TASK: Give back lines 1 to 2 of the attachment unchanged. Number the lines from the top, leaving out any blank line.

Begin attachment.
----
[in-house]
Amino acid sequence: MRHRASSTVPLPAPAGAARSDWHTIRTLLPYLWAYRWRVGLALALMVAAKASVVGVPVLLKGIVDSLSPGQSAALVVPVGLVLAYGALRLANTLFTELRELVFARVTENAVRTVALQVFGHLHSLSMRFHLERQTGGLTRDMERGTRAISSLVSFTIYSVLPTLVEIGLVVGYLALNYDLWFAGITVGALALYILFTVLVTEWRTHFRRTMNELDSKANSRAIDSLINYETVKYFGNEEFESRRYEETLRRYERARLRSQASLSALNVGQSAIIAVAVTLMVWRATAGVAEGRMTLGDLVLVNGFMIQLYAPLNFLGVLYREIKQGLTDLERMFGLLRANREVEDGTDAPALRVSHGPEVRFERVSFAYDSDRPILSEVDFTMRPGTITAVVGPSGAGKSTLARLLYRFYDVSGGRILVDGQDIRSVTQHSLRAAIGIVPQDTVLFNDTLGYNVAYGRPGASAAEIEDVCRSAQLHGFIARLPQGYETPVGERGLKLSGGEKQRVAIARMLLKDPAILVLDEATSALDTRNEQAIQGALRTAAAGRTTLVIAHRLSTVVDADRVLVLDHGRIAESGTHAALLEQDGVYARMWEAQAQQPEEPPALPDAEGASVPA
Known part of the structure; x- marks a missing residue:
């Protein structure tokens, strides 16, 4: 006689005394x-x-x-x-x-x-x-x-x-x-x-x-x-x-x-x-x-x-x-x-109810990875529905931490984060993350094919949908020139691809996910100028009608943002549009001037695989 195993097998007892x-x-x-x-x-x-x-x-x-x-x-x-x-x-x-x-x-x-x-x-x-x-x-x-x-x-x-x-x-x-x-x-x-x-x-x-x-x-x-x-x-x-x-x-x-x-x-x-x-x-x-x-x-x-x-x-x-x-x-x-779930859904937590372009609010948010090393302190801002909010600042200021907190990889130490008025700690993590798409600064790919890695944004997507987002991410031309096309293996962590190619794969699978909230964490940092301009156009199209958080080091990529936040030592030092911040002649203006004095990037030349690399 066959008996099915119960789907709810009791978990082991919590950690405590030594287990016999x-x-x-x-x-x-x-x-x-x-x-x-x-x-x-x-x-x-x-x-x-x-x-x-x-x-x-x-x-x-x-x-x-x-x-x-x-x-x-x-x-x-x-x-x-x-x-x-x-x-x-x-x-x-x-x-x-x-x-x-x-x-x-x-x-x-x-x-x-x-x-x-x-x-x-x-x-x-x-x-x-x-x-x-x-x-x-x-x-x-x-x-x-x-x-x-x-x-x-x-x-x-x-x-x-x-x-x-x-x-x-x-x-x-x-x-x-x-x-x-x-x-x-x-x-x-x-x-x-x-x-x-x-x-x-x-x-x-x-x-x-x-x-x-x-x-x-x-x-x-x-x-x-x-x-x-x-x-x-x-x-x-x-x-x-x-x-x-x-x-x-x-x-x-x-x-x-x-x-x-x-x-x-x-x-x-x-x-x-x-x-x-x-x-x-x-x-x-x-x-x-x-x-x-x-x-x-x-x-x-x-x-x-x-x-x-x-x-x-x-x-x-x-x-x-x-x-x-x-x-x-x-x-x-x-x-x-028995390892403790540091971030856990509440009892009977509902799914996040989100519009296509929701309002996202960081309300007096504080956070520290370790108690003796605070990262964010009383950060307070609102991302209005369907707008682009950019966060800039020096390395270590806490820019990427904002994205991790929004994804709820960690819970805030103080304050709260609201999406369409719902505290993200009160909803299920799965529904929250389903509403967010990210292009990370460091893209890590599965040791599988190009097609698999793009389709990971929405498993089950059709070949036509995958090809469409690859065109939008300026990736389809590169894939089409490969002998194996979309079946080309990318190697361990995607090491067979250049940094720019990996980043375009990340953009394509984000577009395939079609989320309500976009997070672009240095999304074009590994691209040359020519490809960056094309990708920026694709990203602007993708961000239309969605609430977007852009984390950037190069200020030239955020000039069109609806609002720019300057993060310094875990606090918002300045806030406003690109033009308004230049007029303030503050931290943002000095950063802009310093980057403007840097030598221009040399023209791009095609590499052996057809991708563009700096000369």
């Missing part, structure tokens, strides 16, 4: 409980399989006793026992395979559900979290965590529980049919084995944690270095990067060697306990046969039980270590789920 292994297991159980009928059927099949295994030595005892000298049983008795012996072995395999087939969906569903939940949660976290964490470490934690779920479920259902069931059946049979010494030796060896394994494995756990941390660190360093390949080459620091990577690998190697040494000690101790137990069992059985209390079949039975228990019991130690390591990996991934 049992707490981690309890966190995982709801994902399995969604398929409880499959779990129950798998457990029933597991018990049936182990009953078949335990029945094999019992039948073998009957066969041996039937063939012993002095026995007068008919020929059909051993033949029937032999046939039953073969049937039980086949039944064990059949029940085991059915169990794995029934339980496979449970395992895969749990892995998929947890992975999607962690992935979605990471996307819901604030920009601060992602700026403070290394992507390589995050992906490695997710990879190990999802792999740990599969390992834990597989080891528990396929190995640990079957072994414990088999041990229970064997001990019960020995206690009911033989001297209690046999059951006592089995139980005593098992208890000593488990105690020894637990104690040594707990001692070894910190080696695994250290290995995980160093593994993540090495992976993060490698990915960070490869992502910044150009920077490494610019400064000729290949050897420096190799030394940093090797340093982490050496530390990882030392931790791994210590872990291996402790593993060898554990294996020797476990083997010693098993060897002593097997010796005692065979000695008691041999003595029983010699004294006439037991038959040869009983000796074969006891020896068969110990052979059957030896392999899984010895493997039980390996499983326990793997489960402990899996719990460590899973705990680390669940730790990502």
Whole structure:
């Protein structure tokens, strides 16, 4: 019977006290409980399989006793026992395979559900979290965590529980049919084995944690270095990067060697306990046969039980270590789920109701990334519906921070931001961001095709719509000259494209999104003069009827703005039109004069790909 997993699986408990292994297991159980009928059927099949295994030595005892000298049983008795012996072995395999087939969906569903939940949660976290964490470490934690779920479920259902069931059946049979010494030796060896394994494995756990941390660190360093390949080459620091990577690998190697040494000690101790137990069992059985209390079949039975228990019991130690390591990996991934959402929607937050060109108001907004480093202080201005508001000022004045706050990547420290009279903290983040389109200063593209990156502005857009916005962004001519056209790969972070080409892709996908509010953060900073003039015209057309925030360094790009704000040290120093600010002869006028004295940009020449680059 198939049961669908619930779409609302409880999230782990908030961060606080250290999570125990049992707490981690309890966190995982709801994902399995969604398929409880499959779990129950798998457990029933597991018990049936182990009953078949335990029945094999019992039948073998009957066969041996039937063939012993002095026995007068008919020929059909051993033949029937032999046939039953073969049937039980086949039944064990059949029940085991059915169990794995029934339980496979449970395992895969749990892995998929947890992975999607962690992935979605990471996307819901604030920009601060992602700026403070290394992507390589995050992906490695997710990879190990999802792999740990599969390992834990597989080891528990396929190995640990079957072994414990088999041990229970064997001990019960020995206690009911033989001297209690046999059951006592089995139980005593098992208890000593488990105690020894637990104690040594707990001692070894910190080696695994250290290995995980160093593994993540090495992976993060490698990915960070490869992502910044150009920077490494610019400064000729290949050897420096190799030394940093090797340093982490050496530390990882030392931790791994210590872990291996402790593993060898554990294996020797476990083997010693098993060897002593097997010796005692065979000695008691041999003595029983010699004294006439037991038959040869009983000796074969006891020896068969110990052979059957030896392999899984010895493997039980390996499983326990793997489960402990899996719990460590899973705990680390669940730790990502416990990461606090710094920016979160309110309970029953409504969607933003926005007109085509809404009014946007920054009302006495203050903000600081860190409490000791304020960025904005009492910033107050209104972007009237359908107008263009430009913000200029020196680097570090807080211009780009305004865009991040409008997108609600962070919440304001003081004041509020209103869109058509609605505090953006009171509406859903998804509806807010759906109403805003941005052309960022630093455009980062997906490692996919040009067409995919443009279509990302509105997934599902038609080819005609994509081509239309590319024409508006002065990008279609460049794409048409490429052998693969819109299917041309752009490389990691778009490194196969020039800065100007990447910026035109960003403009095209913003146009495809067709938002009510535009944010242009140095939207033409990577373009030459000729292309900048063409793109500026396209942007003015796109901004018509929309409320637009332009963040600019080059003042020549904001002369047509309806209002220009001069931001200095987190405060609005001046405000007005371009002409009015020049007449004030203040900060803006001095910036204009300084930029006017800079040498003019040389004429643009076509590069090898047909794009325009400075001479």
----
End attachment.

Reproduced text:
[in-house]
Amino acid sequence: MRHRASSTVPLPAPAGAARSDWHTIRTLLPYLWAYRWRVGLALALMVAAKASVVGVPVLLKGIVDSLSPGQSAALVVPVGLVLAYGALRLANTLFTELRELVFARVTENAVRTVALQVFGHLHSLSMRFHLERQTGGLTRDMERGTRAISSLVSFTIYSVLPTLVEIGLVVGYLALNYDLWFAGITVGALALYILFTVLVTEWRTHFRRTMNELDSKANSRAIDSLINYETVKYFGNEEFESRRYEETLRRYERARLRSQASLSALNVGQSAIIAVAVTLMVWRATAGVAEGRMTLGDLVLVNGFMIQLYAPLNFLGVLYREIKQGLTDLERMFGLLRANREVEDGTDAPALRVSHGPEVRFERVSFAYDSDRPILSEVDFTMRPGTITAVVGPSGAGKSTLARLLYRFYDVSGGRILVDGQDIRSVTQHSLRAAIGIVPQDTVLFNDTLGYNVAYGRPGASAAEIEDVCRSAQLHGFIARLPQGYETPVGERGLKLSGGEKQRVAIARMLLKDPAILVLDEATSALDTRNEQAIQGALRTAAAGRTTLVIAHRLSTVVDADRVLVLDHGRIAESGTHAALLEQDGVYARMWEAQAQQPEEPPALPDAEGASVPA